More Voters Are Being Kicked Off the Rolls, Especially in States with a History of Discrimination

A new report shows purges may be one effect of gutting the Voting Rights Act.

Voters wait in line past the 7 p.m. closing time in a north Atlanta suburb on last day of early voting in Georgia in November 2016.Robin Rayne Nelson via ZUMA

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Voters are being deleted from the rolls at a significantly higher rate than they were a decade ago, creating the possibility that an increasing number of citizens will be disenfranchised in the 2018 midterm elections and beyond.

According to a new study from the Brennan Center for Justice, nearly 4 million more names were deleted from the rolls between 2014 and 2016 than in a comparable period between 2006 and 2008—a 33 percent increase that far outpaces the increase in the number of eligible voters. Purging is the process by which election officials keep the rolls up to date by removing people who have moved away or died. While careful purging is a necessary part of election administration, aggressive purges have long been used as a voter suppression tool, and often target poor and minority voters at significantly higher rates.

“This fall, millions of Americans may head to the polls only to find their names aren’t on voter registration lists anymore,” Myrna Pérez , an attorney at the Brennan Center and one of the report’s authors wrote in a New York Times op-ed Friday. “These voters may have to cast provisional ballots. Or worse, they could be turned away.”

The rise in the purge rate is particularly significant in southern states with a history of racial discrimination. Until 2013, these states were unable to make changes to their voting laws or procedures without federal approval, a process under the 1965 Voting Rights Act known as “preclearance.” But five years ago, the Supreme Court gutted the law in Shelby County v. Holder, and states and counties previously under preclearance were free to amend their laws without approval. The result is a long list of new laws and other changes that disproportionately affect minorities, including voter ID laws, precinct closures, and date changes for local elections. According to the Brennan Center’s report, higher purge rates may be another result of the Supreme Court’s action.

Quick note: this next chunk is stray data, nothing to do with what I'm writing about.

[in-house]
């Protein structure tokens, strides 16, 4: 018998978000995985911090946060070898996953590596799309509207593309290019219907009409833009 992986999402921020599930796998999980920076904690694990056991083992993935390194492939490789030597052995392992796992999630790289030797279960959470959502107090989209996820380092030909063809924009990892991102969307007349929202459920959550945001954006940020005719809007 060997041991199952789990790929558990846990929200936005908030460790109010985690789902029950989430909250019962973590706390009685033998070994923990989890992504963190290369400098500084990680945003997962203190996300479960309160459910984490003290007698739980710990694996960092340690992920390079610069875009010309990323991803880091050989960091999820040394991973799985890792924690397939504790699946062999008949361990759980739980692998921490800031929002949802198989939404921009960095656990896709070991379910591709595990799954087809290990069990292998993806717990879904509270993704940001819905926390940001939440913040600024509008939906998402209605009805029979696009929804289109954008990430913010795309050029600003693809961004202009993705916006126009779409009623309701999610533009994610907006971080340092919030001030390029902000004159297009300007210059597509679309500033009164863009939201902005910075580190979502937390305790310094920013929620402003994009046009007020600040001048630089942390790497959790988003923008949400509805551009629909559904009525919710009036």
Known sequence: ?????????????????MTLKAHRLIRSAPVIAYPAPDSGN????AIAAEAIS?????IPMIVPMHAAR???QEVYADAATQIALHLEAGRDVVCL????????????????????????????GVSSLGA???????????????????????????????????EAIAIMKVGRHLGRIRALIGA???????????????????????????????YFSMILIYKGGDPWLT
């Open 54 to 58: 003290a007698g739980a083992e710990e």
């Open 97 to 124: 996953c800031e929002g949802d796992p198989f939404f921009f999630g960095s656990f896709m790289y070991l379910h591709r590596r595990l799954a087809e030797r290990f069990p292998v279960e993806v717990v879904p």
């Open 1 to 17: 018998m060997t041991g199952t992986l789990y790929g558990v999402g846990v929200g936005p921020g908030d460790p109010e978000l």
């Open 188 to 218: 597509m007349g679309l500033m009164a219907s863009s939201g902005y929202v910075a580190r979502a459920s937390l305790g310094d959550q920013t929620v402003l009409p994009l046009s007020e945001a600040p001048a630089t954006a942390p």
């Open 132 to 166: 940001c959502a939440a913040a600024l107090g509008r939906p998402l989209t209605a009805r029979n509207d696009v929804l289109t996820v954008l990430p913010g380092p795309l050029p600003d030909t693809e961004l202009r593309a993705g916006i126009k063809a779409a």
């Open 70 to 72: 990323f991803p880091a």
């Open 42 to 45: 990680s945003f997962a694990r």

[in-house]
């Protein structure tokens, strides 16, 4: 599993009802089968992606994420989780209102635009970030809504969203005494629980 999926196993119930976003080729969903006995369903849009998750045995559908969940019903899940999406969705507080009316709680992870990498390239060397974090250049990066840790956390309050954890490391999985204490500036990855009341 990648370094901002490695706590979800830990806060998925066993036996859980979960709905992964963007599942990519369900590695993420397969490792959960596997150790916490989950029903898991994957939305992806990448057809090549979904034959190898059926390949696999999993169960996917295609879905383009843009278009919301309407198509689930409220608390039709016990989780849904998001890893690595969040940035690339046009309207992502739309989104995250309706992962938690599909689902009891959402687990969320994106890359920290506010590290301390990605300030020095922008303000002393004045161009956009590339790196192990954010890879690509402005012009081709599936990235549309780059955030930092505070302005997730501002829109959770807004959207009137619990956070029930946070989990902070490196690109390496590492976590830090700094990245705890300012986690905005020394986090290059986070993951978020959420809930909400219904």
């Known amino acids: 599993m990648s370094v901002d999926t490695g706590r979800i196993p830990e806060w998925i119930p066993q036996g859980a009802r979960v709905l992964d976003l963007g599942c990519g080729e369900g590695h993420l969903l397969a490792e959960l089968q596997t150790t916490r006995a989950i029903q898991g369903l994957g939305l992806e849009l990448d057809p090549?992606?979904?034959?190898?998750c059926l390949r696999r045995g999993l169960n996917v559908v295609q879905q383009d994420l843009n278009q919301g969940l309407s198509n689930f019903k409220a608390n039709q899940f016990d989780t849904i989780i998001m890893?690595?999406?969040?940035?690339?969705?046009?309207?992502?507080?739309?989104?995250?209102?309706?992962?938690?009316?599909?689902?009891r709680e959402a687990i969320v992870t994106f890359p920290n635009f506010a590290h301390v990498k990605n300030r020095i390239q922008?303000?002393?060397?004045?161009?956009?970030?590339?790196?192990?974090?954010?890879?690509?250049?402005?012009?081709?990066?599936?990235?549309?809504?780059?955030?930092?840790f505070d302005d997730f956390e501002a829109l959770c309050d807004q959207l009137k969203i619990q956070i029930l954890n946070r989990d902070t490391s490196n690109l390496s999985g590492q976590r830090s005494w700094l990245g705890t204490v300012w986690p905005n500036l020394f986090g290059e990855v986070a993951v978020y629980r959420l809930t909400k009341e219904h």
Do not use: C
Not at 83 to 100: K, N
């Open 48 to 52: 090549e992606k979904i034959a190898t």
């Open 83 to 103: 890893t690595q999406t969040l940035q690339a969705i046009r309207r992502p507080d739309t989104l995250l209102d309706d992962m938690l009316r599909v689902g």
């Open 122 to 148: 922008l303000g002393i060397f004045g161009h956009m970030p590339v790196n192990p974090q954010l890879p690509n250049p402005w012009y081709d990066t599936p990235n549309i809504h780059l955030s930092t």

The report singles out Texas and Georgia, both conservative states that have begun to trend purple in recent years, and where Democrats have a chance for the first time in years at capturing statewide offices this November. The report finds that in Texas, “approximately 363,000 more voters were erased from the rolls in the first election cycle after Shelby County than in the comparable midterm election cycle immediately preceding it.” Georgia, the study found, “purged twice as many voters—1.5 million—between the 2012 and 2016 elections as it did between 2008 and 2012.”

It’s possible that more aggressive purges are simply removing people who are no longer eligible yet lingering on the rolls. But the study, which used Election Administration Commission data from 2008, 2010, 2012, 2014, and 2016 to calculate removal rates, has found evidence that eligible voters are being kicked off the rolls. In some jurisdictions where the purge rate went up, so too did the number of voters who showed up to vote, but who were told they were not registered.  This fact was captured in a statistically significant rise in provisional ballots cast. In Georgia, for example, “provisional ballot rates in the federal elections of 2010 and 2014 correspondingly increased as the removal rates increased.”

Aggressive voter purges are emerging as a new and critical front in battles over voting rights. For several years now, a small group of conservative activists have used the threat of litigation to scare counties into removing more people from the rolls, even filing lawsuits to force counties to use more aggressive purges. And last month, Ohio won a case before the Supreme Court that made its aggressive purging program legal nationwide. 

Under the Trump administration, the problem is likely to get worse. Rather than intervening to stop aggressive purges, the Justice Department under Attorney General Jeff Sessions is taking steps to support the conservative activists urging more aggressive ones. “[The] Justice Department has sent letters to election officials inquiring about their purging practices—a move seen by many as laying the groundwork for claims that some jurisdictions are not sufficiently aggressive in clearing names off the rolls,” the report noted. Indeed, those fears are already playing out. Last month, the administration joined conservative activists in their lawsuit against Kentucky to force the state to ramp up its purge practices. 

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